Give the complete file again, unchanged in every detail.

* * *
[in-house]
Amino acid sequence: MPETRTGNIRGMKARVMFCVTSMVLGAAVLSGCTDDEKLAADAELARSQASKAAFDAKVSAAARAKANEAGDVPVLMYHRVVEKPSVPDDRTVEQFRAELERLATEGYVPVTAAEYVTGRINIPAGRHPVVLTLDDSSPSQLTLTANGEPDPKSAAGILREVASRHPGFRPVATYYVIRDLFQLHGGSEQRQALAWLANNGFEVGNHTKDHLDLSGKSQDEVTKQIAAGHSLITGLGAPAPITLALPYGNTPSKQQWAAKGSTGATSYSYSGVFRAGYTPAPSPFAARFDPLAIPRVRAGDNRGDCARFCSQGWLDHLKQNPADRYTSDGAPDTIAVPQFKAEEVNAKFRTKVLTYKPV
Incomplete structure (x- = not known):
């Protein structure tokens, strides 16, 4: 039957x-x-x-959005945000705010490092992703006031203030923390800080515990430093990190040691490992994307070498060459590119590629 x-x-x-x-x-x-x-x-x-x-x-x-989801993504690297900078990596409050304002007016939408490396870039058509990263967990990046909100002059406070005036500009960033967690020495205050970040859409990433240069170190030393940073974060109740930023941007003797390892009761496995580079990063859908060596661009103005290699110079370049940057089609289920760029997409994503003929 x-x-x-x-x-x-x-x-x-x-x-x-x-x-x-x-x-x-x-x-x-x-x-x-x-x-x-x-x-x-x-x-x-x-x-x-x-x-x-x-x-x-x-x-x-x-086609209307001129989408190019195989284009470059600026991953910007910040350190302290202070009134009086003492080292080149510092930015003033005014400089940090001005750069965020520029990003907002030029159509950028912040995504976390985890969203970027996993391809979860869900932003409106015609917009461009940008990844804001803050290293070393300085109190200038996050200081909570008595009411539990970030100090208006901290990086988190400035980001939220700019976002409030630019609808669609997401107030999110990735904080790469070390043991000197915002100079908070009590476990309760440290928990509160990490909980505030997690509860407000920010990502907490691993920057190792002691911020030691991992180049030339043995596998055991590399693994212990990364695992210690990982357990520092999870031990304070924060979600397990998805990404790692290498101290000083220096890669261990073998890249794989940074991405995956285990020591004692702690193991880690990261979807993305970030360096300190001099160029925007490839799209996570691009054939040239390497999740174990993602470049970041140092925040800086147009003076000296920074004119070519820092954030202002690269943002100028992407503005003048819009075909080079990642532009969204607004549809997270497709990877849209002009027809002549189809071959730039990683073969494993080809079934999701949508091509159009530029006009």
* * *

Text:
[in-house]
Amino acid sequence: MPETRTGNIRGMKARVMFCVTSMVLGAAVLSGCTDDEKLAADAELARSQASKAAFDAKVSAAARAKANEAGDVPVLMYHRVVEKPSVPDDRTVEQFRAELERLATEGYVPVTAAEYVTGRINIPAGRHPVVLTLDDSSPSQLTLTANGEPDPKSAAGILREVASRHPGFRPVATYYVIRDLFQLHGGSEQRQALAWLANNGFEVGNHTKDHLDLSGKSQDEVTKQIAAGHSLITGLGAPAPITLALPYGNTPSKQQWAAKGSTGATSYSYSGVFRAGYTPAPSPFAARFDPLAIPRVRAGDNRGDCARFCSQGWLDHLKQNPADRYTSDGAPDTIAVPQFKAEEVNAKFRTKVLTYKPV
Incomplete structure (x- = not known):
């Protein structure tokens, strides 16, 4: 039957x-x-x-959005945000705010490092992703006031203030923390800080515990430093990190040691490992994307070498060459590119590629 x-x-x-x-x-x-x-x-x-x-x-x-989801993504690297900078990596409050304002007016939408490396870039058509990263967990990046909100002059406070005036500009960033967690020495205050970040859409990433240069170190030393940073974060109740930023941007003797390892009761496995580079990063859908060596661009103005290699110079370049940057089609289920760029997409994503003929 x-x-x-x-x-x-x-x-x-x-x-x-x-x-x-x-x-x-x-x-x-x-x-x-x-x-x-x-x-x-x-x-x-x-x-x-x-x-x-x-x-x-x-x-x-x-086609209307001129989408190019195989284009470059600026991953910007910040350190302290202070009134009086003492080292080149510092930015003033005014400089940090001005750069965020520029990003907002030029159509950028912040995504976390985890969203970027996993391809979860869900932003409106015609917009461009940008990844804001803050290293070393300085109190200038996050200081909570008595009411539990970030100090208006901290990086988190400035980001939220700019976002409030630019609808669609997401107030999110990735904080790469070390043991000197915002100079908070009590476990309760440290928990509160990490909980505030997690509860407000920010990502907490691993920057190792002691911020030691991992180049030339043995596998055991590399693994212990990364695992210690990982357990520092999870031990304070924060979600397990998805990404790692290498101290000083220096890669261990073998890249794989940074991405995956285990020591004692702690193991880690990261979807993305970030360096300190001099160029925007490839799209996570691009054939040239390497999740174990993602470049970041140092925040800086147009003076000296920074004119070519820092954030202002690269943002100028992407503005003048819009075909080079990642532009969204607004549809997270497709990877849209002009027809002549189809071959730039990683073969494993080809079934999701949508091509159009530029006009």